Introduction: Laboratory and radiographic studies are often required by psychiatric services prior to admitting emergency patients who are otherwise deemed medically stable. Such testing may represent an unnecessary expense that prolongs emergency department stays without significantly improving care. This study determines the prevalence of such testing and how often it leads to changes in care.
Methods: We prospectively tracked laboratory testing among psychiatric patients presenting to the emergency departments of two academic tertiary care facilities. For each visit we determined whether laboratory or radiographic studies were ordered, and whether the examination was conducted at the request of the emergency physician as part of a medical screening examination or requested by the psychiatry service. We then determined if this testing changed patient disposition.
Results: Our study enrolled 598 patients. Of these, emergency physicians ordered testing as a part of medical screening on 155 patients (25.9%). We found the psychiatry service ordered laboratory or radiographic studies for 191 of 434 patients (44.0%) who emergency physicians determined did not require ancillary testing for medical clearance. Of these 191 patients, only one (0.5%; 95% Confidence Interval: 0.01% - 2.9%) had an abnormal result that led to a change in disposition. Total Medicare reimbursement rates for the additional ancillary testing in this study was $37,682.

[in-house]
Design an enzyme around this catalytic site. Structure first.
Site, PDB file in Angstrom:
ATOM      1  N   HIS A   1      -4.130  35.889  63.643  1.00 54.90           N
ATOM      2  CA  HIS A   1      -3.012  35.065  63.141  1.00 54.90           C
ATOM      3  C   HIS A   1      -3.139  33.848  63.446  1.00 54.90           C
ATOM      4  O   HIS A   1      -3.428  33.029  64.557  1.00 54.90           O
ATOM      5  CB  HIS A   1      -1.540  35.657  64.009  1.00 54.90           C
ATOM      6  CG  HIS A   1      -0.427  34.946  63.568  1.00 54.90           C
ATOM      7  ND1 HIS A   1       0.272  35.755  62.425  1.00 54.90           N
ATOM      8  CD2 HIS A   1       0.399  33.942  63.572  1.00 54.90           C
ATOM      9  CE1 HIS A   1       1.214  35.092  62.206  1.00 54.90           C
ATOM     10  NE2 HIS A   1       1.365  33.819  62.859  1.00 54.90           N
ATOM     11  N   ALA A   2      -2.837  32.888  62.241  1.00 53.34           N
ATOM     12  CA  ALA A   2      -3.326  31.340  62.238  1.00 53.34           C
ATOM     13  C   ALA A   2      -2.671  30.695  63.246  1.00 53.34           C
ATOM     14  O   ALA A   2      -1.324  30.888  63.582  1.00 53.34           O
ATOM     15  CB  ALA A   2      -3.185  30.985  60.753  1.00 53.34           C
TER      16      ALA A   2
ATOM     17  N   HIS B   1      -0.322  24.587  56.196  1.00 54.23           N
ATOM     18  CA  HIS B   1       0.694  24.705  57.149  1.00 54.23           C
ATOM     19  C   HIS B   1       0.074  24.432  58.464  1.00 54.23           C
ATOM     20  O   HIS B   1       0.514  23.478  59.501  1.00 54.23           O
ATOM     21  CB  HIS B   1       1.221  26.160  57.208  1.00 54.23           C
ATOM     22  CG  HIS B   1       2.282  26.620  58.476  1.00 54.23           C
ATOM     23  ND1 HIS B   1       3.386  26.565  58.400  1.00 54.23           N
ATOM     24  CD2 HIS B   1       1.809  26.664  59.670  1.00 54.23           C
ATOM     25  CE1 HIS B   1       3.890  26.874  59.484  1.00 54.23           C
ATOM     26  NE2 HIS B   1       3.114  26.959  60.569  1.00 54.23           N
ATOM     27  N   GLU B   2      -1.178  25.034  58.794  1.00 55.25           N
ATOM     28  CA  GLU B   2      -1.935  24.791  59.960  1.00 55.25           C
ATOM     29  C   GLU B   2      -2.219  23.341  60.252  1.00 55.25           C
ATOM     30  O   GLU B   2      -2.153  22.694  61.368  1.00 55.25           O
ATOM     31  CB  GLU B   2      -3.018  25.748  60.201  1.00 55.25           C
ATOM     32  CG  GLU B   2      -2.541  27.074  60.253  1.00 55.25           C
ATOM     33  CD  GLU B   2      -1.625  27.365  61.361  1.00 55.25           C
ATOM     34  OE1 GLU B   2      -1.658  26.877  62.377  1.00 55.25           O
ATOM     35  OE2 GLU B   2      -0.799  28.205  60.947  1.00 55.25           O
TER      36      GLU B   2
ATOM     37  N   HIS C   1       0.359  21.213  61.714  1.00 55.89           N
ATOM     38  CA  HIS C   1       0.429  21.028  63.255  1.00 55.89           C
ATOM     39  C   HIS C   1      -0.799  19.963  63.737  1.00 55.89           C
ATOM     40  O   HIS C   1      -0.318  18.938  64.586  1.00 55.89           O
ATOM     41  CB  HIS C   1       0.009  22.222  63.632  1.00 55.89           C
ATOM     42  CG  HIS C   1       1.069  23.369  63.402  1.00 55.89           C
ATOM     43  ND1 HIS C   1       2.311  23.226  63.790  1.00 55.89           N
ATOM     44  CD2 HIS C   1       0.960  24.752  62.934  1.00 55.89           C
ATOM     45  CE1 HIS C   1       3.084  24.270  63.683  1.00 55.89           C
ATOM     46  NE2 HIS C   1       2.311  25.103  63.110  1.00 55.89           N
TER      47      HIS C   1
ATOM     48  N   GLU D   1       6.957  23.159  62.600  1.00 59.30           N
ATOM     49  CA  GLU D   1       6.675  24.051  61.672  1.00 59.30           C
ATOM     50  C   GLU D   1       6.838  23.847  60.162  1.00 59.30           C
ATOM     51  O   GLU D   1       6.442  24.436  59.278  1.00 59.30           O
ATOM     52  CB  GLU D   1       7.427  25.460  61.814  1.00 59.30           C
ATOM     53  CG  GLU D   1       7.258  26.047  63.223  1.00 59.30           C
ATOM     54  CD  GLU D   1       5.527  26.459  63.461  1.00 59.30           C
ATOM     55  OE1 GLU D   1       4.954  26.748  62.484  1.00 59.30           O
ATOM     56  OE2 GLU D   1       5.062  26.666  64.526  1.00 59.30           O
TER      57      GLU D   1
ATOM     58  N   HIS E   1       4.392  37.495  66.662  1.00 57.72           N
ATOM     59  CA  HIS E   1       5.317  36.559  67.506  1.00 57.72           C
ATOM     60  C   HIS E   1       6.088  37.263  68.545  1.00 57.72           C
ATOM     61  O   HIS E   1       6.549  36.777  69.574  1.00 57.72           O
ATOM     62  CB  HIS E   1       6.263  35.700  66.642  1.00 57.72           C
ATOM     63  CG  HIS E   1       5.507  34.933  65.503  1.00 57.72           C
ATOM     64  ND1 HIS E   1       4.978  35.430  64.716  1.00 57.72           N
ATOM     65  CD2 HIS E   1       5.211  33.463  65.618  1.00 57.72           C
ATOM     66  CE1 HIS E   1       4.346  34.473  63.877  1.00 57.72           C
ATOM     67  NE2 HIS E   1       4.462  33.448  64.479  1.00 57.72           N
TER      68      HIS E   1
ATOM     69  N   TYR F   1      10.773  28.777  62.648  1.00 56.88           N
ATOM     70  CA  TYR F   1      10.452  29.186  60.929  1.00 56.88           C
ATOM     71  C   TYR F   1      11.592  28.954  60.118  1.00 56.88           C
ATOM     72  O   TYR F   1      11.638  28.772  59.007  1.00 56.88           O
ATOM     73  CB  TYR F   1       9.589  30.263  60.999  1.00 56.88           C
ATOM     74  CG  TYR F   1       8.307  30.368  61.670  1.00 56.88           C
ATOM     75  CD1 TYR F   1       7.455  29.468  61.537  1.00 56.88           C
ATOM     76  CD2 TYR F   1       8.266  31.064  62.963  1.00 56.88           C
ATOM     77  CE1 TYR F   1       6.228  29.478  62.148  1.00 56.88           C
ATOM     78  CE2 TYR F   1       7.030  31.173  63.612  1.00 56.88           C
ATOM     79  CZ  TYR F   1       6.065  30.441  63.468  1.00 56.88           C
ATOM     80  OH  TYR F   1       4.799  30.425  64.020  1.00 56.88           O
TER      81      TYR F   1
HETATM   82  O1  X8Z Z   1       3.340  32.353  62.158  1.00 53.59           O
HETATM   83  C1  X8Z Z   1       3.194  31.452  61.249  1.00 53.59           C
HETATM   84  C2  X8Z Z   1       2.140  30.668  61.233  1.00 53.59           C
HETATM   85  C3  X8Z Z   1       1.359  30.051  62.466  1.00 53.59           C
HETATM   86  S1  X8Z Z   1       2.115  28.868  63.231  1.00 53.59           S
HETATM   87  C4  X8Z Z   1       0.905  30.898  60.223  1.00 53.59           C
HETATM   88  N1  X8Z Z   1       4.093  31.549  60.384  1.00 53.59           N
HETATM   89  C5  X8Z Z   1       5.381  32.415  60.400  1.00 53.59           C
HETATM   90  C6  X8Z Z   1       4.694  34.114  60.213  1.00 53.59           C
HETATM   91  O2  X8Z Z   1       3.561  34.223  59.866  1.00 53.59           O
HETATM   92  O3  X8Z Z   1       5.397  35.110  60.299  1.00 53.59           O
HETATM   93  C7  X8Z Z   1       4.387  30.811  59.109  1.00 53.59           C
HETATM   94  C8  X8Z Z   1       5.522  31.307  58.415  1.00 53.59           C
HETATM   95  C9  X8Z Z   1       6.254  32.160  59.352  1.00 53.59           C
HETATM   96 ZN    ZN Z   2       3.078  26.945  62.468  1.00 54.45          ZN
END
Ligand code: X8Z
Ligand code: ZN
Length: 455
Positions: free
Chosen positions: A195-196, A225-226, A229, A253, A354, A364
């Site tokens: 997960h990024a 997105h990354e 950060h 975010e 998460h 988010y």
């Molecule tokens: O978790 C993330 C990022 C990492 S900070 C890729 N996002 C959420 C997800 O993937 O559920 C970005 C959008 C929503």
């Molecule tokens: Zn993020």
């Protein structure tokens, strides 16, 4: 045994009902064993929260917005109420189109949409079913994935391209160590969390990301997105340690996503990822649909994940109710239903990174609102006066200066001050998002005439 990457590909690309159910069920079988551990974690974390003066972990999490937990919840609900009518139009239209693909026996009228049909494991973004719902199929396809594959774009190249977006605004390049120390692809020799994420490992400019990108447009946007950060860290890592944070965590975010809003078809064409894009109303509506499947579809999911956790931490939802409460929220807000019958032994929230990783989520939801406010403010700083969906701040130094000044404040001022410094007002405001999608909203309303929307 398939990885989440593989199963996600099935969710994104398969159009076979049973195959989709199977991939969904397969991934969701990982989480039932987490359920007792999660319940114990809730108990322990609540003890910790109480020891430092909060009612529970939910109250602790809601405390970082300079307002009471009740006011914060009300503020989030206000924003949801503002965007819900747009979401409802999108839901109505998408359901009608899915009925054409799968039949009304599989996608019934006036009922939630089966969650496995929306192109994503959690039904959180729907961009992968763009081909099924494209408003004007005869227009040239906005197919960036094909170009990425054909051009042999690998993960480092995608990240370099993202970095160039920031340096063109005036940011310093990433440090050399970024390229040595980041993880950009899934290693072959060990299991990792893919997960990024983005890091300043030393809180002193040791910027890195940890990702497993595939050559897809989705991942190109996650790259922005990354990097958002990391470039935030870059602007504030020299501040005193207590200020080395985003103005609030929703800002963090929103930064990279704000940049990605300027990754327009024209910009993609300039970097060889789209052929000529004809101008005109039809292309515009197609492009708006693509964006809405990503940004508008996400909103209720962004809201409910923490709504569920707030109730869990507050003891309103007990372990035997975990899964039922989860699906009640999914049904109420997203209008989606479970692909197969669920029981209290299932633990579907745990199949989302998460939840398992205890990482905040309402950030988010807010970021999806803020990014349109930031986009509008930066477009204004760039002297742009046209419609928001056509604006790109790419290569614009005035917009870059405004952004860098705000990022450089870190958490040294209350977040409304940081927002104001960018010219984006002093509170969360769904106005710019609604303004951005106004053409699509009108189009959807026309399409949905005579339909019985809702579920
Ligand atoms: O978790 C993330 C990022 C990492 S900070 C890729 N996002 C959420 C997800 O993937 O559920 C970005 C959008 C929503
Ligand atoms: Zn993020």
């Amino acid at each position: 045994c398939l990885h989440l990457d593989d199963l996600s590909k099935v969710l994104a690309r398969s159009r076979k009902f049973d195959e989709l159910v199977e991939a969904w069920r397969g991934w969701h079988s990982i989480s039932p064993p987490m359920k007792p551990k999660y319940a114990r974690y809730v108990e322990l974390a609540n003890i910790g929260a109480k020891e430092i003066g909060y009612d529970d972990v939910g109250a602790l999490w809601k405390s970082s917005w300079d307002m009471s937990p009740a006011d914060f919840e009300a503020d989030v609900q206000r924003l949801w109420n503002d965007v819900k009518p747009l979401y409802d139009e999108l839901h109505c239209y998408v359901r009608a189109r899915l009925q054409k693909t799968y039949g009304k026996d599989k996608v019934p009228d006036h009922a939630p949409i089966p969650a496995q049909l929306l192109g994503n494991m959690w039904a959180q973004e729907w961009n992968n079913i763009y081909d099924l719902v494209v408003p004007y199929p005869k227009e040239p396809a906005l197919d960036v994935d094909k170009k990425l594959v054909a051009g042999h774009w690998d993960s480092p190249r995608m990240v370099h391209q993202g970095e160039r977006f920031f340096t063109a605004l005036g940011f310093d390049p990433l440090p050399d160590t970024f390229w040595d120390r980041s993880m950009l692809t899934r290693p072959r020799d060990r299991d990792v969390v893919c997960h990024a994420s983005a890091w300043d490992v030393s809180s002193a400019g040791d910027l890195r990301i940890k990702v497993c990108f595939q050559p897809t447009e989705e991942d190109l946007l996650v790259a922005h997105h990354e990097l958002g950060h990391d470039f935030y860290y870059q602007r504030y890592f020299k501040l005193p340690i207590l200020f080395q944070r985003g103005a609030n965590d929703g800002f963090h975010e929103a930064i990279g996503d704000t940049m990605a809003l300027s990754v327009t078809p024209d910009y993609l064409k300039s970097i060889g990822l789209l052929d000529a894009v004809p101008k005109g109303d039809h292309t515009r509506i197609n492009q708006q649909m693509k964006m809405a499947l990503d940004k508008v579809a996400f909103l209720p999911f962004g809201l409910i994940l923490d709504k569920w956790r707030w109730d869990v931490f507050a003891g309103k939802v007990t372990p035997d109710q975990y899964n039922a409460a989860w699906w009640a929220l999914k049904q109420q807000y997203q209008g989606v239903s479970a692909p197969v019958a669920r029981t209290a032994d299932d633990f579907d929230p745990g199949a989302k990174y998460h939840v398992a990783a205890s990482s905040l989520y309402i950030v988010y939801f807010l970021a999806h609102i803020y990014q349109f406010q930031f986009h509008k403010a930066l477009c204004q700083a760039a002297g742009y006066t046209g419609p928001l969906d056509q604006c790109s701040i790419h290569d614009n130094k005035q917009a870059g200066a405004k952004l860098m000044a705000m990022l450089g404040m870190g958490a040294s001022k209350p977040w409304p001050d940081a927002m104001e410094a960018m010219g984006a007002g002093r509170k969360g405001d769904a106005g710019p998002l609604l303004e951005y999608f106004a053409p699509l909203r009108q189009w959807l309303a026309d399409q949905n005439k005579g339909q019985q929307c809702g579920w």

Conclusion: Ancillary testing beyond what is required for medical clearance of psychiatric emergency patients rarely alters care. Policies that require panels of testing prior to psychiatric admission are costly and appear to be unnecessary. [West J Emerg Med 2012;13(5):388-393.]